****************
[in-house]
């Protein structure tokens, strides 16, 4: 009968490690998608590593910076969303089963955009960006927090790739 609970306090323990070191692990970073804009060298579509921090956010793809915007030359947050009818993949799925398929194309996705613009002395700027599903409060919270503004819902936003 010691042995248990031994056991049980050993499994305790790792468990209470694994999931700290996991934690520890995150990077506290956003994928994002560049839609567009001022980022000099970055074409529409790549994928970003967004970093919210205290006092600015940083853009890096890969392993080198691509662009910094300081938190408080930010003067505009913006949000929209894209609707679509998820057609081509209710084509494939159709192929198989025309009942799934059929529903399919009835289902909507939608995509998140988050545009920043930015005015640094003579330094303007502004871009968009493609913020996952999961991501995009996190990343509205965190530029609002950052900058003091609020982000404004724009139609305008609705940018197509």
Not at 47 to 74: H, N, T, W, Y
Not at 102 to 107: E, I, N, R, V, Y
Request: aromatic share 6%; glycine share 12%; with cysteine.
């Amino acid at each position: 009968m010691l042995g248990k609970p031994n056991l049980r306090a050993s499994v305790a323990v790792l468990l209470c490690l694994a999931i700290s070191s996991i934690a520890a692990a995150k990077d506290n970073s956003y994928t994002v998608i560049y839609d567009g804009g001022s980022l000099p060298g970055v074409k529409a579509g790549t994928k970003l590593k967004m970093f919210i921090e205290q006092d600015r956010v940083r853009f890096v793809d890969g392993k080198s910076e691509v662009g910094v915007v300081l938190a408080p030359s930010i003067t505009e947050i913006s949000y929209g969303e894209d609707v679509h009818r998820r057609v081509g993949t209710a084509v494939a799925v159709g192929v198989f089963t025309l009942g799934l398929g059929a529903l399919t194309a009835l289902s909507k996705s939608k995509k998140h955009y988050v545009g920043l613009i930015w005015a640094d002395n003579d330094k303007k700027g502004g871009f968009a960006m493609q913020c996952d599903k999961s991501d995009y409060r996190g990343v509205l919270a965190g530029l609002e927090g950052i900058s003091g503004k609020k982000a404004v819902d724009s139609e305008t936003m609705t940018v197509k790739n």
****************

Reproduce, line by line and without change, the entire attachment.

[in-house]
């Protein structure tokens, strides 16, 4: 009968490690998608590593910076969303089963955009960006927090790739 609970306090323990070191692990970073804009060298579509921090956010793809915007030359947050009818993949799925398929194309996705613009002395700027599903409060919270503004819902936003 010691042995248990031994056991049980050993499994305790790792468990209470694994999931700290996991934690520890995150990077506290956003994928994002560049839609567009001022980022000099970055074409529409790549994928970003967004970093919210205290006092600015940083853009890096890969392993080198691509662009910094300081938190408080930010003067505009913006949000929209894209609707679509998820057609081509209710084509494939159709192929198989025309009942799934059929529903399919009835289902909507939608995509998140988050545009920043930015005015640094003579330094303007502004871009968009493609913020996952999961991501995009996190990343509205965190530029609002950052900058003091609020982000404004724009139609305008609705940018197509």
Not at 47 to 74: H, N, T, W, Y
Not at 102 to 107: E, I, N, R, V, Y
Request: aromatic share 6%; glycine share 12%; with cysteine.
């Amino acid at each position: 009968m010691l042995g248990k609970p031994n056991l049980r306090a050993s499994v305790a323990v790792l468990l209470c490690l694994a999931i700290s070191s996991i934690a520890a692990a995150k990077d506290n970073s956003y994928t994002v998608i560049y839609d567009g804009g001022s980022l000099p060298g970055v074409k529409a579509g790549t994928k970003l590593k967004m970093f919210i921090e205290q006092d600015r956010v940083r853009f890096v793809d890969g392993k080198s910076e691509v662009g910094v915007v300081l938190a408080p030359s930010i003067t505009e947050i913006s949000y929209g969303e894209d609707v679509h009818r998820r057609v081509g993949t209710a084509v494939a799925v159709g192929v198989f089963t025309l009942g799934l398929g059929a529903l399919t194309a009835l289902s909507k996705s939608k995509k998140h955009y988050v545009g920043l613009i930015w005015a640094d002395n003579d330094k303007k700027g502004g871009f968009a960006m493609q913020c996952d599903k999961s991501d995009y409060r996190g990343v509205l919270a965190g530029l609002e927090g950052i900058s003091g503004k609020k982000a404004v819902d724009s139609e305008t936003m609705t940018v197509k790739n």